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Daily News Summary
13 May 2020

Coronavirus: Unions advise teachers not to engage with school reopening plans

Coronavirus: Unions advise teachers not to engage with school reopening plans


The National Education Union and Unison have advised their members not to engage with plans for a return to school from June 1, and the NASUWT has said there is "no obligation on any schools to extend their opening arrangements". By Rosemary Bennett, The Times. Speaking to an MPs' committee, Paul Whiteman, general secretary of the National Association of Head Teachers, said plans to reopen schools in England from June 1 are 'not possible'. By Hannah Richardson, BBC News. He also called on the Government to provide teachers with a "credible explanation" for why they do not need personal protective equipment. By Catherine Lough, Tes. The Financial Times also reports on the reaction of unions and includes a quote from Barnaby Lenon, chairman of the ISC. By Andrew Jack. Richard Russell, headmaster at Colfe's School, writes to The Times about his concern over the "painful lack of clarity" surrounding school reopenings. He adds: "In establishing our own approach we will be considering very carefully the views expressed by the teaching unions, as well as those of parents." The letter is the third featured on the page.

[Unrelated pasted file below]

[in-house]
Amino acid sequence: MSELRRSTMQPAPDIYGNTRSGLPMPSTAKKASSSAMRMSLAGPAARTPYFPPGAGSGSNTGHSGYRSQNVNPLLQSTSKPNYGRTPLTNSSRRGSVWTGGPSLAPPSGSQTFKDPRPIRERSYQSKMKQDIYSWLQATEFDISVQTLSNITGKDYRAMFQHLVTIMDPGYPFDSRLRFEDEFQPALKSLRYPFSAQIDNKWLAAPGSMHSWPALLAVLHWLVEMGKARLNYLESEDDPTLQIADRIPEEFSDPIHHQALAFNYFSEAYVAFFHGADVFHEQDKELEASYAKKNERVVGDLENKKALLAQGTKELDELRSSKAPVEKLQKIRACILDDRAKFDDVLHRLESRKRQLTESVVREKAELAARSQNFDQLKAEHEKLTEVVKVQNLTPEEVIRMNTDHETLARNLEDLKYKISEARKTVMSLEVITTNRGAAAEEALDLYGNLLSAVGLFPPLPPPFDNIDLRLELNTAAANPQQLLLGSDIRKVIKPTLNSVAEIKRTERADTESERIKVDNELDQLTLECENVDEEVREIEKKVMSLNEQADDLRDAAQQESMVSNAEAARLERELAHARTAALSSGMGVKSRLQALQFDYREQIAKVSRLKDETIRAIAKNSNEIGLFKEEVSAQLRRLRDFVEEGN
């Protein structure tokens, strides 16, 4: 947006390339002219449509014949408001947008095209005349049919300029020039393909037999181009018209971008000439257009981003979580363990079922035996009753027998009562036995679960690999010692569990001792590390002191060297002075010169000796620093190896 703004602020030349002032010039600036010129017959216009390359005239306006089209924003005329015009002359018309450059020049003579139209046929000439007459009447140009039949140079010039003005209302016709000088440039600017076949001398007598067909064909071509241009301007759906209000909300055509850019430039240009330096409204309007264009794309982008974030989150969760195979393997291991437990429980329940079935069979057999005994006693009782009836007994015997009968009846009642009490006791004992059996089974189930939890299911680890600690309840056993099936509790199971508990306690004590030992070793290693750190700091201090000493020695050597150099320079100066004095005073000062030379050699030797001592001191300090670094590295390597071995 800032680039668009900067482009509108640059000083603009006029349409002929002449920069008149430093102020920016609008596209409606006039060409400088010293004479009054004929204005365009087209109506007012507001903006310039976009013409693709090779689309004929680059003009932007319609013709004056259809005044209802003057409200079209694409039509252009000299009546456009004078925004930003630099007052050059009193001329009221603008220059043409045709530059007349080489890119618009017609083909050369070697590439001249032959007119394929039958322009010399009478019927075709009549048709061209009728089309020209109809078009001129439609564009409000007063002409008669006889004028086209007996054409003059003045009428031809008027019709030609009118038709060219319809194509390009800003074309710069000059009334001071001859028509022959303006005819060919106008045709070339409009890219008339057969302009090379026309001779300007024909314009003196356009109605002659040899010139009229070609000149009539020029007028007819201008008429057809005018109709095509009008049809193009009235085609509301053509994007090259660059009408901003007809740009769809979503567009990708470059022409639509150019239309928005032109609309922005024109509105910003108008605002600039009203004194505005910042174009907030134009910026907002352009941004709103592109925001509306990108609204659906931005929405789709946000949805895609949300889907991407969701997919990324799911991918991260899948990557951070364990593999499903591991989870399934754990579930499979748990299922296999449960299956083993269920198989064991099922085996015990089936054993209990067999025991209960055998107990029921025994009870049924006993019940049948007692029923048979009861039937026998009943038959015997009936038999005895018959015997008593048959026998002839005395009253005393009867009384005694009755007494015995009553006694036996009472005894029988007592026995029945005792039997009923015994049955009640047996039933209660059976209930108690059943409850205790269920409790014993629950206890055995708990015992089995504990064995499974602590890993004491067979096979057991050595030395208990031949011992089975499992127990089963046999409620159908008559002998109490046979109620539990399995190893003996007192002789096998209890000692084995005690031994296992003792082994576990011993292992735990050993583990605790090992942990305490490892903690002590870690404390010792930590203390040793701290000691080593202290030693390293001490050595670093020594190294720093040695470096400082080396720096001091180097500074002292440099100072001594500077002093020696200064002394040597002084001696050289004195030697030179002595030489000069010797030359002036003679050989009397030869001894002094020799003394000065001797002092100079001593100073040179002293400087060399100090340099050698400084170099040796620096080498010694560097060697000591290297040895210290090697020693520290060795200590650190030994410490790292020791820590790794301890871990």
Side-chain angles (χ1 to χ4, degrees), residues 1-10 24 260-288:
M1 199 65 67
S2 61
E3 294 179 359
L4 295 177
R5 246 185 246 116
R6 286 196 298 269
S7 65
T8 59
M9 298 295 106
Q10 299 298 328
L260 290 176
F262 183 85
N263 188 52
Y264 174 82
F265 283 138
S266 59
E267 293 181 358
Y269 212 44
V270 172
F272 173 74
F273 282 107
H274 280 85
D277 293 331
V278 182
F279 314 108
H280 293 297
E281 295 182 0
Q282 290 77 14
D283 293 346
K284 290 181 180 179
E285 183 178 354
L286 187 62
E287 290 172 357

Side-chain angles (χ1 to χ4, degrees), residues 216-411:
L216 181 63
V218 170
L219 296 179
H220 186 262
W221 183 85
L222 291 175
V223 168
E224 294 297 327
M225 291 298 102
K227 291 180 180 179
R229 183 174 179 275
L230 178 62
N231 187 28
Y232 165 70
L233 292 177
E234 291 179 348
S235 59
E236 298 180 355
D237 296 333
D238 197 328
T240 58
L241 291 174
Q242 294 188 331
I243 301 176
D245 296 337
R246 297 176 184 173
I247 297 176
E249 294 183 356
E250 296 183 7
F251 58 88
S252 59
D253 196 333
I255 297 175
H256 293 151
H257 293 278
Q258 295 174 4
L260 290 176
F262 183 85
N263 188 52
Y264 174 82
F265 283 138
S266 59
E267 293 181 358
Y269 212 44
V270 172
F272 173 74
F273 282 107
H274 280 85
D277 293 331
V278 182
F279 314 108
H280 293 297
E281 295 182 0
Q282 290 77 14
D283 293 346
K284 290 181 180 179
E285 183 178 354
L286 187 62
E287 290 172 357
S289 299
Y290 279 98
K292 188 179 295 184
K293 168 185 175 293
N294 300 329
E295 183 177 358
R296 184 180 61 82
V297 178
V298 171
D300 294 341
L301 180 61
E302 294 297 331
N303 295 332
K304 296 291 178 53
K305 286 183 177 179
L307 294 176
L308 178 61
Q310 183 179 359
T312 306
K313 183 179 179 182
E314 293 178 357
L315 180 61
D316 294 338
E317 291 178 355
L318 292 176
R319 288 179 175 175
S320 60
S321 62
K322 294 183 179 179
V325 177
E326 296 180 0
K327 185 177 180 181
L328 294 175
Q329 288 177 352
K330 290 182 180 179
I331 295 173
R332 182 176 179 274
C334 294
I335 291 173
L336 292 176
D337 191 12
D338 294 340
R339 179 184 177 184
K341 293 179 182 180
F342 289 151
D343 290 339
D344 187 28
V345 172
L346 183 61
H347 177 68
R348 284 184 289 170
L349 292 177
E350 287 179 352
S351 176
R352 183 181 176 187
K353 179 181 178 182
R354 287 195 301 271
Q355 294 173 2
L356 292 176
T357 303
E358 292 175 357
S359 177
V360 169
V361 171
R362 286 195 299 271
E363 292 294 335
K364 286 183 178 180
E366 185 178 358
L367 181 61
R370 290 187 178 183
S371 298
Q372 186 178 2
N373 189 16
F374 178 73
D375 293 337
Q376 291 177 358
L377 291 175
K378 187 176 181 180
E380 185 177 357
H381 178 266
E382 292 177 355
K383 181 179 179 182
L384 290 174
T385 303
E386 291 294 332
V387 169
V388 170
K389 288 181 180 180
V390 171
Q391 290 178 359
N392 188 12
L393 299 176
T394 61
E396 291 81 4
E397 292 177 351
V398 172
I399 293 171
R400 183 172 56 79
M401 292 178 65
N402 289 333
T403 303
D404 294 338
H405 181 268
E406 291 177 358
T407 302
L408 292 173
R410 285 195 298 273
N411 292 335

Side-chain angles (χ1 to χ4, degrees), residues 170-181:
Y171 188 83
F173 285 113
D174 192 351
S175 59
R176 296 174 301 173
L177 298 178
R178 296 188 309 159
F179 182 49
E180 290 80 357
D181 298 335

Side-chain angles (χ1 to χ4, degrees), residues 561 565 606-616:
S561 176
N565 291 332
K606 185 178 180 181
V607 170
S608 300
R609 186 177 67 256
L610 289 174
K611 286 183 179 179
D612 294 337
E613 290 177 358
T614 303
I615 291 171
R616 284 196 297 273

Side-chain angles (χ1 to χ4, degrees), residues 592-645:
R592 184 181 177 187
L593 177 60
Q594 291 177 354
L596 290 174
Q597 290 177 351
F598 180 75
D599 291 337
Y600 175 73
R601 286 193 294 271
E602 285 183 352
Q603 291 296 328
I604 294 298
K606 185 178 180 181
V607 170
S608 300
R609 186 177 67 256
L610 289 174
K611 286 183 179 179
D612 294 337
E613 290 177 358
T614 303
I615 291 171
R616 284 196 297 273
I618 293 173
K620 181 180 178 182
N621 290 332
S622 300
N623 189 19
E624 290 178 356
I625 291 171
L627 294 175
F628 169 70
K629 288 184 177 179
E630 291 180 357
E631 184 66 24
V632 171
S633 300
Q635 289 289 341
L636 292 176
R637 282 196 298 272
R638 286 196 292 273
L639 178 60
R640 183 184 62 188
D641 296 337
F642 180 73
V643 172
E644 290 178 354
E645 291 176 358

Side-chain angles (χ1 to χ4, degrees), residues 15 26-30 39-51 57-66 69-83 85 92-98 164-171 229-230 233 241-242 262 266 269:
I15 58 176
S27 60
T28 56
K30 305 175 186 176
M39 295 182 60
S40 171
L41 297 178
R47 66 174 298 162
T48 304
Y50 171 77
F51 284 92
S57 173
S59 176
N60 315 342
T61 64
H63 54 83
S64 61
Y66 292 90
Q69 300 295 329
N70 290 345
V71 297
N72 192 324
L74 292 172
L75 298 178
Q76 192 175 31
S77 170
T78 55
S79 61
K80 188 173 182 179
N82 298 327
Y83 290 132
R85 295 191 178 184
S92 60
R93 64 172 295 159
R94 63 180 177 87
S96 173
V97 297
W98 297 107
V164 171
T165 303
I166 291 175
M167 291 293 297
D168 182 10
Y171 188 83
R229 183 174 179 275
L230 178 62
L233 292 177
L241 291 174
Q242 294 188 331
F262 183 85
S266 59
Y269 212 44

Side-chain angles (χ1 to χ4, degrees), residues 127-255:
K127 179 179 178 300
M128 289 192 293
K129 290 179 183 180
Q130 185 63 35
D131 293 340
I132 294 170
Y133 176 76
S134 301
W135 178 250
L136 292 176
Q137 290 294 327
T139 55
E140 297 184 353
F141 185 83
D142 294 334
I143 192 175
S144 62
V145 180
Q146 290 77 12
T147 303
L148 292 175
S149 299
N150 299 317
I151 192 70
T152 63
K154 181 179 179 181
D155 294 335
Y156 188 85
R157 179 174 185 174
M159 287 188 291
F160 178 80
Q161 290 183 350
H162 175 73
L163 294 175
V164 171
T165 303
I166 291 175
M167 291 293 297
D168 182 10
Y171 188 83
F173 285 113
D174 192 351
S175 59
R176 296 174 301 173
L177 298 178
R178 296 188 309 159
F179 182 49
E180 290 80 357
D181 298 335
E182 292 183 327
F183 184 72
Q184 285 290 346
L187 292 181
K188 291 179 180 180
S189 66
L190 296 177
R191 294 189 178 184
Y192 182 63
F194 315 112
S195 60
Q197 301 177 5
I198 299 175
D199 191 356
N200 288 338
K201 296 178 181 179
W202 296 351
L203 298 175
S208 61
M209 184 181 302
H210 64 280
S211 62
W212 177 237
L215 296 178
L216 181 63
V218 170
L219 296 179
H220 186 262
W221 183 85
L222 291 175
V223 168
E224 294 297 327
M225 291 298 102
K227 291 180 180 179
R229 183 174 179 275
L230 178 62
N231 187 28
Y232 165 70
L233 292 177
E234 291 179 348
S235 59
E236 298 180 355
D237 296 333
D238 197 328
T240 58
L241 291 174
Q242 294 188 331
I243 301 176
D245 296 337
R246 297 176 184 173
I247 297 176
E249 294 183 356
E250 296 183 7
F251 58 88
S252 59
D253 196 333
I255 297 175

According to a Tes survey of more than 19,000 UK school staff, just 39 per cent of respondents in England believe this year's teacher-assessed grades will be fair for all. By Catherine Lough.

An article in The Telegraph considers the impact smaller class sizes could have on education. By Sally Peck.

According to figures published by the Government, the proportion of pupils attending schools in England rose to 2.4 per cent last Wednesday. By Freddie Whittaker, Schools Week.

Andy Haldane, vice-chair of National Numeracy and chief economist at the Bank of England, writes in The Guardian raising awareness of the UK's numeracy crisis, arguing maths skills are more important than ever as households across the country face significant financial difficulties.

Edward Timpson, Conservative MP for Eddisbury and a former children's minister, writes in The Times arguing a "coherent and comprehensive national approach" to online learning is needed to ensure disadvantaged children are not "left behind".

Tes reports the Department for Education will not be running its free school meals voucher scheme over the May half-term. By Dave Speck.

The Guardian reports families with severely disabled children are on the "brink of collapse" now that school support staff and local authority carers have been furloughed. By Amelia Hill.

Jenny Coles, president of the Association of Directors of Children's Services, has said there is 'anecdotal information' to suggest children in care are "thriving" during the lockdown because they do not have the pressure of going to school. By Camilla Turner, The Telegraph.



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